5/7/03-Our equities, including REITs, have been doing swimmingly of late, on the strength of which we've actually been selling some of our mutual fund shares to raise reserves or reduce debt. At the portfolio's low last year, we were net buyers and the total current asset holdings were briefly below $500,000 in market value. Today they stand at only slightly under $600,000, a nearly 20% increase.
In a recent article in the April, 2003, issue of AAII Journal ("The AAII Beginner's Portfolio: An Annual Performance Review," by James B. Cloonan, pp. 33-36), it is pointed out that micro-cap value stocks tend to substantially outperform the major averages. At the time of publication, the ten-year annualized return of carefully selected, very small capitalization assets with price to book values less than 0.60 had been 13.3%, compared with 9% for the S&P 500 Index.
Currently, the following stocks fall into this small but high value category and look quite interesting to me. Their market caps are at least $17 million but not more than $125 million (the range suggested by AAII). Price to book is no greater than .59. Total debt to total equity for each is reasonably low. All three companies pay some dividend. And the dividend payout ratio of each is safely below 50%.
5/19/03-Despite the drop in U.S. equity markets over the last couple days, we've averaged $6000 a week in realized and unrealized portfolio gains since the first few days of March. There have also in this period been about ten sell signals in our system, triggered by a rise of over 5% in stock (or stock mutual fund) market value above the average investment level. Thus, through mandated sales or exchanges, we have the happy overall outcome that the risk level is down substantially even as the current value of net holdings is up 12%, close to our target level for annual portfolio increases of 15% (10% after yearly expenses). We're achieving our goal too of a 3% yield on liquid holdings. Of course, we're currently getting a lot of help from "Mr. Market" but, as a sustainable long-term business, our Balanced Value Portfolio is doing well. (Meanwhile, the holdings' book value is increasing by 12% or more a year, offering promise for the future.)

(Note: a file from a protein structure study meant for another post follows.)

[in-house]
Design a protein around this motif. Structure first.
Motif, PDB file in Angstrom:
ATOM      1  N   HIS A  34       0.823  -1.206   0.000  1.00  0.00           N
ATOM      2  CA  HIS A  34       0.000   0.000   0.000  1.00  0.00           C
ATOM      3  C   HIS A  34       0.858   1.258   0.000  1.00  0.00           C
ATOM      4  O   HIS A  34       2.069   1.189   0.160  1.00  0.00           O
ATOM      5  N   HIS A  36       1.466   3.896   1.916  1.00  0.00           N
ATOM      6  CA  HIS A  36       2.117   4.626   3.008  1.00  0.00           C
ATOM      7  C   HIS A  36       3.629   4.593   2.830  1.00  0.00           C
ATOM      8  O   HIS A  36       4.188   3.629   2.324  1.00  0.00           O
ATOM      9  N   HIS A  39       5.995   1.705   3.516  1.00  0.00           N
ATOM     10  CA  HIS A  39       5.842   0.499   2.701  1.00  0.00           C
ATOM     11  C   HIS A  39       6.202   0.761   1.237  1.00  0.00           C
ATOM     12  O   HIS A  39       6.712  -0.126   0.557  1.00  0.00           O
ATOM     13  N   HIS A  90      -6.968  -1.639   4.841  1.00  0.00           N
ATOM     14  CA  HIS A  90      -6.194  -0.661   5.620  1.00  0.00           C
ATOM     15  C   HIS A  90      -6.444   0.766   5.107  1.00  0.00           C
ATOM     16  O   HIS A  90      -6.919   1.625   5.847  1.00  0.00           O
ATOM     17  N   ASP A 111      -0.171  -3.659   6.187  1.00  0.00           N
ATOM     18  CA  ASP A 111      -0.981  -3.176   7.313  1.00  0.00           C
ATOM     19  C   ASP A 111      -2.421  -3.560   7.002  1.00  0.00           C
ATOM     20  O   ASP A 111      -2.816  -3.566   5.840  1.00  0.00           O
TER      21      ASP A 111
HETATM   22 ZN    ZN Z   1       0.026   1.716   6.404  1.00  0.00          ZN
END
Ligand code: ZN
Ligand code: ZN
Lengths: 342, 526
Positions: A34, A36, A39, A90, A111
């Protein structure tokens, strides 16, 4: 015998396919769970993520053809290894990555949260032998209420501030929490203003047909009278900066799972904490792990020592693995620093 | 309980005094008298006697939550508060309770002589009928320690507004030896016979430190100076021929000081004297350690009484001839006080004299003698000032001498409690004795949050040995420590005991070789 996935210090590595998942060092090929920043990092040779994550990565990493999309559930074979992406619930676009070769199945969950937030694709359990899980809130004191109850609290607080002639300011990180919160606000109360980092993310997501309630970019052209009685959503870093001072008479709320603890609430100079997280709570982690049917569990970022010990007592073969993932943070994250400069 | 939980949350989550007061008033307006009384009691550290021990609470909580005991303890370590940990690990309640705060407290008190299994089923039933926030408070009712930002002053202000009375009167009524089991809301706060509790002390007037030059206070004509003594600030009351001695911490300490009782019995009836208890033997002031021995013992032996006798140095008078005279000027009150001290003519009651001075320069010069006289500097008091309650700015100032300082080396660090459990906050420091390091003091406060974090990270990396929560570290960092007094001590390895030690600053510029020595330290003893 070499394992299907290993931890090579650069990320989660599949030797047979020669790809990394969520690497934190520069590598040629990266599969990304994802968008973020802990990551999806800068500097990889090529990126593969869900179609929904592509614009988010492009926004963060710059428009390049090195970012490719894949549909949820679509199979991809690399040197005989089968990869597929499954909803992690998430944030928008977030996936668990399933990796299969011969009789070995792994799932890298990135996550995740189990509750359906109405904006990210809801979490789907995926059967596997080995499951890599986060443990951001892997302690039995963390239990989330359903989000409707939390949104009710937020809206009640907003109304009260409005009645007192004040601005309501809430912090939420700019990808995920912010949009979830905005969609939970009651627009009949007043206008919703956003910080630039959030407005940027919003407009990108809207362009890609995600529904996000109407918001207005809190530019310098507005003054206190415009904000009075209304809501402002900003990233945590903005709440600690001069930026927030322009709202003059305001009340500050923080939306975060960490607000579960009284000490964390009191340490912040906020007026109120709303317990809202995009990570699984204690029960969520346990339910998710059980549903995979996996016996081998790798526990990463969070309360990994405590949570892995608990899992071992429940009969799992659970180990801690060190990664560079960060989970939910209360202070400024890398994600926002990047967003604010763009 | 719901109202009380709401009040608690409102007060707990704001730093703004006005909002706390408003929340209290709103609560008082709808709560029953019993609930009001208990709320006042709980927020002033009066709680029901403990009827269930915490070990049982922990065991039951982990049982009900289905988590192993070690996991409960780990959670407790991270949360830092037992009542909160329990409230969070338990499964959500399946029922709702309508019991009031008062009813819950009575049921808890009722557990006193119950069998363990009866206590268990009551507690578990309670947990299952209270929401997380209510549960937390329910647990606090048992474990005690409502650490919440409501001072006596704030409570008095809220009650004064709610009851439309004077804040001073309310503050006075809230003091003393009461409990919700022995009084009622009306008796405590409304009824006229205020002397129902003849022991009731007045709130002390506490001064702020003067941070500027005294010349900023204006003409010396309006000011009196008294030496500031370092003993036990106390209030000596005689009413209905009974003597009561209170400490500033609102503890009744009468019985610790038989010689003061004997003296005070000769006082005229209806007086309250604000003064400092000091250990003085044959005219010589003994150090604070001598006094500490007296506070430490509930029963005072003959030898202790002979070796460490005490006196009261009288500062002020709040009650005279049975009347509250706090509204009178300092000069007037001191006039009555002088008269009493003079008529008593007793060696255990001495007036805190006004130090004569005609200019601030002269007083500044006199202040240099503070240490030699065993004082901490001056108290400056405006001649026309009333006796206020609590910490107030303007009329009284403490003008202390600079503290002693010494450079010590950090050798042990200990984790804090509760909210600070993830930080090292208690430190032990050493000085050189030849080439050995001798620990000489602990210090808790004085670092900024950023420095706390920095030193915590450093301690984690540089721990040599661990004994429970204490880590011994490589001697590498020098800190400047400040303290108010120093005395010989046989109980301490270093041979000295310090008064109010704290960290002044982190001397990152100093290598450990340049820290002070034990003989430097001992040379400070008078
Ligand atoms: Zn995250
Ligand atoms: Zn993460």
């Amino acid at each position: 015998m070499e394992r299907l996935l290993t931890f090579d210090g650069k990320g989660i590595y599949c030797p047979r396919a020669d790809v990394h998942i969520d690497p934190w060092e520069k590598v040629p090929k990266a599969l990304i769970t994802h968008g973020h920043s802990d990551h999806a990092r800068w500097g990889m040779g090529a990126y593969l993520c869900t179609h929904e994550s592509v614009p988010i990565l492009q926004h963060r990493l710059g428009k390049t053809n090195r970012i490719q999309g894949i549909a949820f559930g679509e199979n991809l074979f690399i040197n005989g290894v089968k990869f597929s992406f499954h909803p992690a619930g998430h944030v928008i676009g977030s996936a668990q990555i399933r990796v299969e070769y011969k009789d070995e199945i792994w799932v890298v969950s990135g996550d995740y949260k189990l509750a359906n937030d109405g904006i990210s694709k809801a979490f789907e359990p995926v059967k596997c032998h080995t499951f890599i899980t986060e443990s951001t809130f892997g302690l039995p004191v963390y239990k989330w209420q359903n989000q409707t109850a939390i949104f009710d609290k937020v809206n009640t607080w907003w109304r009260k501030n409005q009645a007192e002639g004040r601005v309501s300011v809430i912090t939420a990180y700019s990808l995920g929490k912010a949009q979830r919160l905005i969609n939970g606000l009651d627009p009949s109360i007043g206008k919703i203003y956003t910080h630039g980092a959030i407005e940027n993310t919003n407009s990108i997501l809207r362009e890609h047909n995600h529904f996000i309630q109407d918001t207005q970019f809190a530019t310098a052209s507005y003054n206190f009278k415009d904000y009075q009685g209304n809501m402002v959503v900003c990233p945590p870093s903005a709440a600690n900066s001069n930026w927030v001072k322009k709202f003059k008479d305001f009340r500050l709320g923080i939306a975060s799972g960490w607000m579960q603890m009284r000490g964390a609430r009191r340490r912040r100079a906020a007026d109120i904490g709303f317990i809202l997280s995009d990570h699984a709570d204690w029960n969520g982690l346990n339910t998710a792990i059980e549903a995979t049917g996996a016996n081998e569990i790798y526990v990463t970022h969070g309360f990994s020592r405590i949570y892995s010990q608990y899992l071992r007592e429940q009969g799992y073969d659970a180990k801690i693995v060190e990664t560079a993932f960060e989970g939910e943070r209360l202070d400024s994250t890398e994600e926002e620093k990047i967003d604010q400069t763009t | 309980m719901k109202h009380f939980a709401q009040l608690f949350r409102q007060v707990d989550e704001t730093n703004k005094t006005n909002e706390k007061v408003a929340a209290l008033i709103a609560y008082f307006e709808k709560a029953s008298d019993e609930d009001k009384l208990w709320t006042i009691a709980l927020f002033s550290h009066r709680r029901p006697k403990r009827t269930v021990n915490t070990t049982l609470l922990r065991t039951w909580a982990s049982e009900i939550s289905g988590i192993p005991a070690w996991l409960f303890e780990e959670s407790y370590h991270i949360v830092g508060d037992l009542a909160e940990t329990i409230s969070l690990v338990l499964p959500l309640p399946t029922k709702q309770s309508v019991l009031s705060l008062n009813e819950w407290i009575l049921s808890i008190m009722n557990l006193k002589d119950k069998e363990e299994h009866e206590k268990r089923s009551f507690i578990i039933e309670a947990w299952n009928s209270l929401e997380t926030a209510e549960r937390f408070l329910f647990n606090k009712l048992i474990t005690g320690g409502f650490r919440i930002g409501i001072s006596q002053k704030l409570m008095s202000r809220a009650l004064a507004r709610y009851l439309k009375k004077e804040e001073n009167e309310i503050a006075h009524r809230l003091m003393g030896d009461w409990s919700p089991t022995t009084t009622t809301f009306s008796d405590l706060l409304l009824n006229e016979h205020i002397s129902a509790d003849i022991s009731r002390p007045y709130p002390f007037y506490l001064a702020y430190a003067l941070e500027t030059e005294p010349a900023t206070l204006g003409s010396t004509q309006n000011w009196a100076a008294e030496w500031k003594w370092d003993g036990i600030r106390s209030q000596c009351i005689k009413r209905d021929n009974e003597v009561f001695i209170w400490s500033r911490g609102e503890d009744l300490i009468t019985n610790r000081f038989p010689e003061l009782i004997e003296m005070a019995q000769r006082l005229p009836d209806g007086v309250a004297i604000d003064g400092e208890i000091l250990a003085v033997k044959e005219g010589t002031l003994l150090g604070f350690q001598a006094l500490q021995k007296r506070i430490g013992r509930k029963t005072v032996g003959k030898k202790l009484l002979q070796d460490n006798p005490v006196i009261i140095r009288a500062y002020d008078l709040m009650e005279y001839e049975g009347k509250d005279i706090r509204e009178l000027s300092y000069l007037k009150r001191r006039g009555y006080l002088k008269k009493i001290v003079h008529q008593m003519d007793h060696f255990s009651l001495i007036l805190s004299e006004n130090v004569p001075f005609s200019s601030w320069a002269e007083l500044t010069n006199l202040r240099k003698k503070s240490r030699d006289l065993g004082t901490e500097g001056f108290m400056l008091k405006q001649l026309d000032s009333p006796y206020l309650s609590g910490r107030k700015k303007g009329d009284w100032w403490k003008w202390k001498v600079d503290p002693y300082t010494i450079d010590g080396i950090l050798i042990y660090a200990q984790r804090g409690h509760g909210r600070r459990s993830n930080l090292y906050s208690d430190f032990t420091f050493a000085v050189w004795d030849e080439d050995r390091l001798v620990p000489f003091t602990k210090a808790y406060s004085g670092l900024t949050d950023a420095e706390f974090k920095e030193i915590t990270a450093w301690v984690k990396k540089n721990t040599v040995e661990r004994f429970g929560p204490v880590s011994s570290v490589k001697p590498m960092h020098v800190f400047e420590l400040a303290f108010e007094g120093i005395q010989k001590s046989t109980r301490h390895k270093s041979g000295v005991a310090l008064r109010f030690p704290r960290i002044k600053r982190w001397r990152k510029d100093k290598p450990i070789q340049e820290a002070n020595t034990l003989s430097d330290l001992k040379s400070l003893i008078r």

My first annual post-retirement tax-deferred account net distribution has been received. The administrators automatically took out 20% and sent it to IRS. Still, it's reassuring to receive the balance, which will be applied to good purpose.
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I know of no reason anyone should take my financial musings seriously. At best I am a dedicated amateur providing a bit of investment-related insight and entertainment, at worst an amusing diversion.
My wife, Fran, and I may at times own shares of some of the assets mentioned here. But neither of us receive any benefit from reference to them, unless you count the mutual misery when we get it wrong, or the opportunity to gloat when we get it right.